The climax of the text gives an illuminating look at the brief time prior to and the time of the Chinese invasion of Tibet. Usually, In the West, it is generally believed that China annexed Tibet during the invasion of 1950-1951, but this book actually shows the slow personal progress of assimilation that came to a crash in 1959 with the expulsion of the Dalai Lama and collapse of the Tibetan government and social structures. Our author had no choice but to escape to India through a trail that took him from Kham, where skirmishes broke out in 1956, through Nangchen in 1957, to “the relatively safe” Lhasa and escape to India in 1958. He recalls that the last words he heard of his uncle, Khyentse Chökyi Wangchug, where that he had been summoned by the government to be harassed which, he would later found out through word-of-mouth, led to his peaceful death in prison while meditating. In the time between 1951 and 1956 though, things seemed to progress as usual; our holy man had spent 1955 in retreat and planned to spend his remaining years there, but he finally pushed his nephew to escape Tibet and continue their practice. In the preceding chapters, from 13 to 17, which focused on the years 1947 to 1955, there is little to no direct mention of the Chinese or the crisis of political identity. The impending martyrdom of Khyentse Chökyi Wangchug and his opinions on the invasion only become apparent through close readings of the chapters focusing on mysticism. For example, in 1951 the discovery of a sacred object called an earth Terma triggers the off-handed warning from a master that an “era of grave calamities that will be very difficult to avert” would overtake them; to these practitioners and holy men, the point of this emergency was to dedicate themselves more fully to “the essence of the practice” while restoring an important Anyen Tampa temple (p. 69). From there on, there are anecdotes that preach the virtues of fast-acting karmic punishments and an acceptance of death in the cycle of Samsara that provides comfort in the face of the impending conclusion. Overall, Chökyi Wangchug found his death inevitable and advises that the only path was to continue with daily life and to focus on your practices as much as you could. Truly, he was not a man for political or governing opinions, and held himself above them as enlightenment was unattainable with them.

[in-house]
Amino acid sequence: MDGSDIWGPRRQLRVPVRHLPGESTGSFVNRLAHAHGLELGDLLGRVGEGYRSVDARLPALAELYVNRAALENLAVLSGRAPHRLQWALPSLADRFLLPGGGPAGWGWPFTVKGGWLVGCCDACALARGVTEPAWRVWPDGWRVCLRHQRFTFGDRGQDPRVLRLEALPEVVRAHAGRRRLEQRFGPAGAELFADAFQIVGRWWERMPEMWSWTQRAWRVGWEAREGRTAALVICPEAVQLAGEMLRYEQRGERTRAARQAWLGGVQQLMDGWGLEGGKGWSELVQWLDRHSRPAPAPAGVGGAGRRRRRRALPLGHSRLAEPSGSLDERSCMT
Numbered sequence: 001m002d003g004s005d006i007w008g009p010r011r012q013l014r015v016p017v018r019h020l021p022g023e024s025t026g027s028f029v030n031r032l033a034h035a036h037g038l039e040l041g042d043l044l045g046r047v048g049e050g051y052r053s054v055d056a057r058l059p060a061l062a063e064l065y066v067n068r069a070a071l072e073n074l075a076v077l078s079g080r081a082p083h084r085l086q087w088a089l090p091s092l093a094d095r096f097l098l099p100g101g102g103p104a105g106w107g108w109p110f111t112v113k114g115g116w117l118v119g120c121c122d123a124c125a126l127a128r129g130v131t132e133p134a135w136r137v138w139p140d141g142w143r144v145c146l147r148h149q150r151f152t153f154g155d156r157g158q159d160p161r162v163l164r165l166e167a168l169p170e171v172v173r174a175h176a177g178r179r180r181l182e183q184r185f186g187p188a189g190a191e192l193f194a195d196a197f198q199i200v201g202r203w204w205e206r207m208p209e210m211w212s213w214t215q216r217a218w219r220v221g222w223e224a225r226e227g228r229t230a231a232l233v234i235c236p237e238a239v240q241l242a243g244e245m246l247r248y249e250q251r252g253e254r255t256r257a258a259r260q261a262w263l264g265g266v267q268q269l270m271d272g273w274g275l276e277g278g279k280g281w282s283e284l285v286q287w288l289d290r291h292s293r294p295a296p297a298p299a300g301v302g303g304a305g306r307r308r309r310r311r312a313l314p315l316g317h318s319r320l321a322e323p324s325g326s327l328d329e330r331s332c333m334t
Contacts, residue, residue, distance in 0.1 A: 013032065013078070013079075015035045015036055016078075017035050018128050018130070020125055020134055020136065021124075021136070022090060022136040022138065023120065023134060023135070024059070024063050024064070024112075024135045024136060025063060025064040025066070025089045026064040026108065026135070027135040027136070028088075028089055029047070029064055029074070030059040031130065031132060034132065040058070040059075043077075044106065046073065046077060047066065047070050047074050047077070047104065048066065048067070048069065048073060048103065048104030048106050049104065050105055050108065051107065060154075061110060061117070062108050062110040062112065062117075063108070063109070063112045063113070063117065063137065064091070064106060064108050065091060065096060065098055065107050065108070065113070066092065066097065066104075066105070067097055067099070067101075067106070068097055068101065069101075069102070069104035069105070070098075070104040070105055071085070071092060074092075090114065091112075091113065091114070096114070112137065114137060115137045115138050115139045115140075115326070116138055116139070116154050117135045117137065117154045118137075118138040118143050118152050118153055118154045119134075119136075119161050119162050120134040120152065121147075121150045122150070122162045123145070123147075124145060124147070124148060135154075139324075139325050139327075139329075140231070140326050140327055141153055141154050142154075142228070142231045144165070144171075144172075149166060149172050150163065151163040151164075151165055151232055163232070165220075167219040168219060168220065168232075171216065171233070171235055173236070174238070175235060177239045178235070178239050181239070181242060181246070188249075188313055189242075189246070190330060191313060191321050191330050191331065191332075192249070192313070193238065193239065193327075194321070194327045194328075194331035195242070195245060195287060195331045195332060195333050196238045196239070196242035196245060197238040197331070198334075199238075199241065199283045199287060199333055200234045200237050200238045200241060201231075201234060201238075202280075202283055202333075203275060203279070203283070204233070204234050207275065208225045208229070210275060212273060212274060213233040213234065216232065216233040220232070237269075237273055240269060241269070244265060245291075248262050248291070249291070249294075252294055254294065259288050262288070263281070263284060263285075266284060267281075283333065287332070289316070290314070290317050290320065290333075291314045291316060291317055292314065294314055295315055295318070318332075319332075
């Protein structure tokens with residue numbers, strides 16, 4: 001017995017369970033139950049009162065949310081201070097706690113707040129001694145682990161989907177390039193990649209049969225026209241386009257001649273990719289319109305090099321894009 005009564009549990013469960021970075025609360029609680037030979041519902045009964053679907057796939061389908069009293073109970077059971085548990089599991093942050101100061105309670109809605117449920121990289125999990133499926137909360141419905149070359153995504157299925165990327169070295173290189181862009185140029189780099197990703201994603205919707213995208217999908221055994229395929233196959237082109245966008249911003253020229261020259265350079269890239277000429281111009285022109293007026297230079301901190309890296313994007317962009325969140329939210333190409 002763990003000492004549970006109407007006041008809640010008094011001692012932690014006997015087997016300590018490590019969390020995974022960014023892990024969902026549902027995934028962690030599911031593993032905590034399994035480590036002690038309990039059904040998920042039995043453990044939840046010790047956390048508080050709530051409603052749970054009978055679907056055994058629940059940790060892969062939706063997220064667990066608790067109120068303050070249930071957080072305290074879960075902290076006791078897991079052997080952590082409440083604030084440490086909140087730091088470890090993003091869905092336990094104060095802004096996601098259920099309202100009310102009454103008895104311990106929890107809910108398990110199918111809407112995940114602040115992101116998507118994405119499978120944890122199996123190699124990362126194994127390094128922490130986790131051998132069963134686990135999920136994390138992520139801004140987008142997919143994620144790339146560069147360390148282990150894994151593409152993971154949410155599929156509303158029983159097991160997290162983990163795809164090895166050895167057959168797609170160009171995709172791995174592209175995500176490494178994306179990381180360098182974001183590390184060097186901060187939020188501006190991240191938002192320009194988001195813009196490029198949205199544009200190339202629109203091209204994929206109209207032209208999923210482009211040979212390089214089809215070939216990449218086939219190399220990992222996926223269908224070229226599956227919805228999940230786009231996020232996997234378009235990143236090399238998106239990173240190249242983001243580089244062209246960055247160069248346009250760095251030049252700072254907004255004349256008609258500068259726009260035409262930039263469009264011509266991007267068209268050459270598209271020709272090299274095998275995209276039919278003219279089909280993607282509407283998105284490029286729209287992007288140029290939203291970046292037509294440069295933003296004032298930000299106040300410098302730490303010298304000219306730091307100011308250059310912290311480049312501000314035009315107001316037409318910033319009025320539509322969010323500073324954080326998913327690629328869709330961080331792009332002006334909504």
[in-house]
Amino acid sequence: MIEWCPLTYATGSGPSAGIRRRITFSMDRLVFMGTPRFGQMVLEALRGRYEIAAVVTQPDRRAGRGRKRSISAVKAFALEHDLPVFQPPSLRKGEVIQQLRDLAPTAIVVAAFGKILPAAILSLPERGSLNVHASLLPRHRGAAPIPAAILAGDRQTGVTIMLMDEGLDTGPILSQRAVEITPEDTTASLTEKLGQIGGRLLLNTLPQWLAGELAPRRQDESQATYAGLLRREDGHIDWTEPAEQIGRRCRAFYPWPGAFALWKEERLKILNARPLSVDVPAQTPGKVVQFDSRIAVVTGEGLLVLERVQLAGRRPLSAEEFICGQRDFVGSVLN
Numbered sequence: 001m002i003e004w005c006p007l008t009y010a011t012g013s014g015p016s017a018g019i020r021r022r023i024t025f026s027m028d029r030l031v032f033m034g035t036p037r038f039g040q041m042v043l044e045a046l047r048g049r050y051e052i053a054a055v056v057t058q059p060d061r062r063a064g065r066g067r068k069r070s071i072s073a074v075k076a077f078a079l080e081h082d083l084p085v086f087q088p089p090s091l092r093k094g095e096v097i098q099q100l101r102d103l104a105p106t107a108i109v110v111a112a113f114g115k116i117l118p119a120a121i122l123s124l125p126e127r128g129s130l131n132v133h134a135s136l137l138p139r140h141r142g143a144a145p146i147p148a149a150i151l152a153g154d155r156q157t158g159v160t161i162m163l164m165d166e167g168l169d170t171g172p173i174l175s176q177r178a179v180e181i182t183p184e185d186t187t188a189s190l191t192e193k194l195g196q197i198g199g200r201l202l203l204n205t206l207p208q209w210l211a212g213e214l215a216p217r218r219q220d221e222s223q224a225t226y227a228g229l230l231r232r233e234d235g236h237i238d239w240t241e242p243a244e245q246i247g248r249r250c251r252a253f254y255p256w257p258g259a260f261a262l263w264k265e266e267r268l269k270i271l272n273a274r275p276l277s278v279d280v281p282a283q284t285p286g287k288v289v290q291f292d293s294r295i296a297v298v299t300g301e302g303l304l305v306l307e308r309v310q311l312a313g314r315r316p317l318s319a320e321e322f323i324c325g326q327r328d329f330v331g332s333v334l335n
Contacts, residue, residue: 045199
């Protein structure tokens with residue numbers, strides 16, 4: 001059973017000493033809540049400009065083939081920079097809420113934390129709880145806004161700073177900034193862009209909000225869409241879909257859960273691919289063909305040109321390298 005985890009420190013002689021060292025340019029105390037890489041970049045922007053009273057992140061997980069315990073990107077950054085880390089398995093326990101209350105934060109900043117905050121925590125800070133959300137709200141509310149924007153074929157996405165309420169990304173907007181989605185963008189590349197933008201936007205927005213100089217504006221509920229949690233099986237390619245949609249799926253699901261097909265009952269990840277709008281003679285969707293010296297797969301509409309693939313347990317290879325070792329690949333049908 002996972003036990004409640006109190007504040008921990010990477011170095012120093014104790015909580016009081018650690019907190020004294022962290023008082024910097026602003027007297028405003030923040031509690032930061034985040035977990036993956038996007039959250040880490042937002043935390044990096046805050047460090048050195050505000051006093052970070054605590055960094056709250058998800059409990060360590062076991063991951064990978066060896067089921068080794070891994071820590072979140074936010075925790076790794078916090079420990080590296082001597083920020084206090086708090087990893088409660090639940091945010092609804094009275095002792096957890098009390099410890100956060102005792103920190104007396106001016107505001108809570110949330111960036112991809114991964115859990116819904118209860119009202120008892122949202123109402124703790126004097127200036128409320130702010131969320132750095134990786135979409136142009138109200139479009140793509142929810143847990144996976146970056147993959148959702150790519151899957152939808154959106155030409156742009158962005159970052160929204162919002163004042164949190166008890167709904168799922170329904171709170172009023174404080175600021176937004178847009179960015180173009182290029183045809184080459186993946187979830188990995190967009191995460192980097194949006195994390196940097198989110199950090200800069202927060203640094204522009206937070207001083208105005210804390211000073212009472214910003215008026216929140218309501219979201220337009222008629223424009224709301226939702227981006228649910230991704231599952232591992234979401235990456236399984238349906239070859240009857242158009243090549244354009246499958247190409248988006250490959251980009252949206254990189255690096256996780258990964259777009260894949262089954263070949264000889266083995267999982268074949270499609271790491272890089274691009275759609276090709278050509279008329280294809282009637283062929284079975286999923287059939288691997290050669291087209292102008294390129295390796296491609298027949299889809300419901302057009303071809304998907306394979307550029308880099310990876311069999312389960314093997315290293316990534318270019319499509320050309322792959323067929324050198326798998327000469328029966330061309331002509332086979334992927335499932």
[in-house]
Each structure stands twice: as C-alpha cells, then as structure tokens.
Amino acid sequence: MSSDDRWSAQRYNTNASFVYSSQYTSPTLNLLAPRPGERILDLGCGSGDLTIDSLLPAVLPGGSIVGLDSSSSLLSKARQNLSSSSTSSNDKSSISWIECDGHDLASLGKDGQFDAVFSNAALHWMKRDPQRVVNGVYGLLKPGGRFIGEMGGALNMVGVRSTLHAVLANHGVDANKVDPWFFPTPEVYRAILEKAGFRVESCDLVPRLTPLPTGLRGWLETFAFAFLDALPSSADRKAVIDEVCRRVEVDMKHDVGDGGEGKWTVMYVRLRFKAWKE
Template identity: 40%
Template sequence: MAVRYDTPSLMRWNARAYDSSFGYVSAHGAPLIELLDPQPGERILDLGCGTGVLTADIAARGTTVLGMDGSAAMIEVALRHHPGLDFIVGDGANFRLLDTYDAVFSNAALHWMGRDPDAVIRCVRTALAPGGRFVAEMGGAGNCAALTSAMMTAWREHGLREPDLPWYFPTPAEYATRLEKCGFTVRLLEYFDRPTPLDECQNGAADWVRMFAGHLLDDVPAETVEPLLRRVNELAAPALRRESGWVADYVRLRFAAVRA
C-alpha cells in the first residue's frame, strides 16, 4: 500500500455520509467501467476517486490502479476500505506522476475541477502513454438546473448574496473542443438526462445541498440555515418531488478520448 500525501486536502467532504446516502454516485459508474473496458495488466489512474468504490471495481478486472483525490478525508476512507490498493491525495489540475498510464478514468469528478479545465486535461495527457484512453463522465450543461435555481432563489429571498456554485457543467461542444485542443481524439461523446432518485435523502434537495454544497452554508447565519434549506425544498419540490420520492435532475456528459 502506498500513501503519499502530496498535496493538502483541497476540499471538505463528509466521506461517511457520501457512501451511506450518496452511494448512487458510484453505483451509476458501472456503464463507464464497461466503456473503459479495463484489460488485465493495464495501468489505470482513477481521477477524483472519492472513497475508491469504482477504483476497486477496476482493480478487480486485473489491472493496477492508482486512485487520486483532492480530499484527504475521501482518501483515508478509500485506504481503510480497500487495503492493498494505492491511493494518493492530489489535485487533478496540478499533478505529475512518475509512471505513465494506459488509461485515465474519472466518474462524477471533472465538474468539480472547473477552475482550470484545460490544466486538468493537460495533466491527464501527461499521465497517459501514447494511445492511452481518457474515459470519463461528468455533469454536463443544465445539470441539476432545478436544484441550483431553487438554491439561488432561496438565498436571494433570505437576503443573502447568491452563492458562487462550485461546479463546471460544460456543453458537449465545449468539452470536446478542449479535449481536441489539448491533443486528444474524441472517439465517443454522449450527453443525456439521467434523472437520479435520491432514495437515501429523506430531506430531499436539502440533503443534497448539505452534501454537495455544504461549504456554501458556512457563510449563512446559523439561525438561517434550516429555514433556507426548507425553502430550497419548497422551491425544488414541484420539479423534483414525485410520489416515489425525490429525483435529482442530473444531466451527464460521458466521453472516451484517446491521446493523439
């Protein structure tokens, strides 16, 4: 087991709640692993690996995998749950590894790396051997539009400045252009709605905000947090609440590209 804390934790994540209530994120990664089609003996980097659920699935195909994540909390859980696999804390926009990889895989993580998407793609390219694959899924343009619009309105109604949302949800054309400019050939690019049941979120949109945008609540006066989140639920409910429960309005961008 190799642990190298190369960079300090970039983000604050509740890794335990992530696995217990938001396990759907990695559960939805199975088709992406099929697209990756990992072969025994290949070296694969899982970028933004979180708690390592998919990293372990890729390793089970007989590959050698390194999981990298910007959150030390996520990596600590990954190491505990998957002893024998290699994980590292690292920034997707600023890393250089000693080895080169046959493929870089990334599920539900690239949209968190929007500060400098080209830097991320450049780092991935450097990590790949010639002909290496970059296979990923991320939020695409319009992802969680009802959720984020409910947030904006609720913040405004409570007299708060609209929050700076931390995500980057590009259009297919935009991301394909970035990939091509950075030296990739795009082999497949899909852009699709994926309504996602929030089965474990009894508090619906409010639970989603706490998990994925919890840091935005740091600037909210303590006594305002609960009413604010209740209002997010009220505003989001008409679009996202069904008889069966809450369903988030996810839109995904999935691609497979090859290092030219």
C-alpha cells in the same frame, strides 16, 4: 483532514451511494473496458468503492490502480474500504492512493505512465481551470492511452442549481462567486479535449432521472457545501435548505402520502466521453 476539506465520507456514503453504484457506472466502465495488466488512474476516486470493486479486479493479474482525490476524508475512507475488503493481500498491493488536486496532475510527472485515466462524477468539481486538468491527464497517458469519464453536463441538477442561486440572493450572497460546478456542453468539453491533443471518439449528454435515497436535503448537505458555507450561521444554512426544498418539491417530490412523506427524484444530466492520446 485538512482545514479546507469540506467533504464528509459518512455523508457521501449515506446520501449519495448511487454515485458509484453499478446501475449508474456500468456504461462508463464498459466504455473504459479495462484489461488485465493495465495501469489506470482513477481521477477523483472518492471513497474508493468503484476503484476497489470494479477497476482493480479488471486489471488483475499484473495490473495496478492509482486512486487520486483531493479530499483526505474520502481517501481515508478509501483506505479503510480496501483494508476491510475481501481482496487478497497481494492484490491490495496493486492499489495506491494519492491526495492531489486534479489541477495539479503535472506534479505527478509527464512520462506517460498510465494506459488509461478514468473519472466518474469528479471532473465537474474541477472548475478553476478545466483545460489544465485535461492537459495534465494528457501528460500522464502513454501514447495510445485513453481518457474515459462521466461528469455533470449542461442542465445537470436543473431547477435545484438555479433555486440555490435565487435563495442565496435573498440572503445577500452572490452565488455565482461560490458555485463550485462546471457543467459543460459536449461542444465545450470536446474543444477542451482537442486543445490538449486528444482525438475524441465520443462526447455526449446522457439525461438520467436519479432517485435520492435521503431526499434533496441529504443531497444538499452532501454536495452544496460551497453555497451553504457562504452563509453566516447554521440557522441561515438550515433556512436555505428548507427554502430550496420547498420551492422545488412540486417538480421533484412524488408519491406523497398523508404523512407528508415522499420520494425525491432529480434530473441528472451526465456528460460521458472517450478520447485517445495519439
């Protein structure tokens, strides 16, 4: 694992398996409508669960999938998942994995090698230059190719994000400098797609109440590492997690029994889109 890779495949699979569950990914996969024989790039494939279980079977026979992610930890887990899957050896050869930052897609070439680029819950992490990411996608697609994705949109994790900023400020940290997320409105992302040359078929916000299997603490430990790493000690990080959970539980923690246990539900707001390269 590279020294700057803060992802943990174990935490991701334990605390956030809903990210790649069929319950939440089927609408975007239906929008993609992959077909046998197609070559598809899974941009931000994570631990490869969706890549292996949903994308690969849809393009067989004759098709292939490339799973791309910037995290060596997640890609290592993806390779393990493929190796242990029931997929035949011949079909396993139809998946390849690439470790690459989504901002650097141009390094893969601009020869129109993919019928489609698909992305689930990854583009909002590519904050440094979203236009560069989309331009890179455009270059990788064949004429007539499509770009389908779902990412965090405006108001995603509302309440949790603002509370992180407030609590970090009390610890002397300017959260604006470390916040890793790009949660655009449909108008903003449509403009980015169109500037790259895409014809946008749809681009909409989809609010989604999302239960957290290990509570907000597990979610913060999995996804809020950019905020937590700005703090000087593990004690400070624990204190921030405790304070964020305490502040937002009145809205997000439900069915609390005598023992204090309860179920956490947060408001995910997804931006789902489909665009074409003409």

The book both begins and finishes upon interesting chapters that logically fit into the Tibetan tradition. Naturally, a Tulku would reincarnate and produce a new emanation — as with Tibetan religion, the life of the soul does not end at death— and thus the biography had to continue. As previously mentioned, the first chapter begins with an exercise in name-dropping and an explanation of the lineage of Chökyi Wangchug. Although this chapter is seemingly excess for someone with care only for the biography, it’s relevance to the author and his community comes from their practice and thus adds value to the book overall, providing a complete story. Similarly, the final three chapters deal with the life after death of Chökyi Wangchug in the form of metaphysical emanations, continuations of his teachings, and the tulku continuing as the author’s son. The tulku appears in spirit on multiple occasions that correspond with the time after his physical manifestations death to connect with his nephew. The first time to promote his teachings, as his spirit continues to “direct compassion,” while the second time he appears in a dream in 1969 that signals the impending holy pregnancy of the author’s wife (here the author immediately understands that the dream implies reincarnation). The book ends on the final wish of the author that he “hopes that in this lifetime [his uncle] can bring to fruition whatever virtuous action furthers the teaching and procures the happiness of beings” (p. 111). Despite being so similar in content, I found the first chapters dreadfully dull, while the last were revelatory and enjoyable. The richness of the last chapters comes from our author’s personal attachment to the period after he lost his Uncle and the effect on his life that tulku still had on him after. Here the text evolved from a simple namthar to a modern story on a culture in diaspora and the continuing effects of family and religion on a man’s life. In conclusion, I found this hagiography to be a mildly interesting, albeit sparse, read for anyone not familiar with the Dzogchen practice, but a valuable and possibly emotional read for people who can focus on the teachings or the personal history of the author and his uncle, in the context of his culture.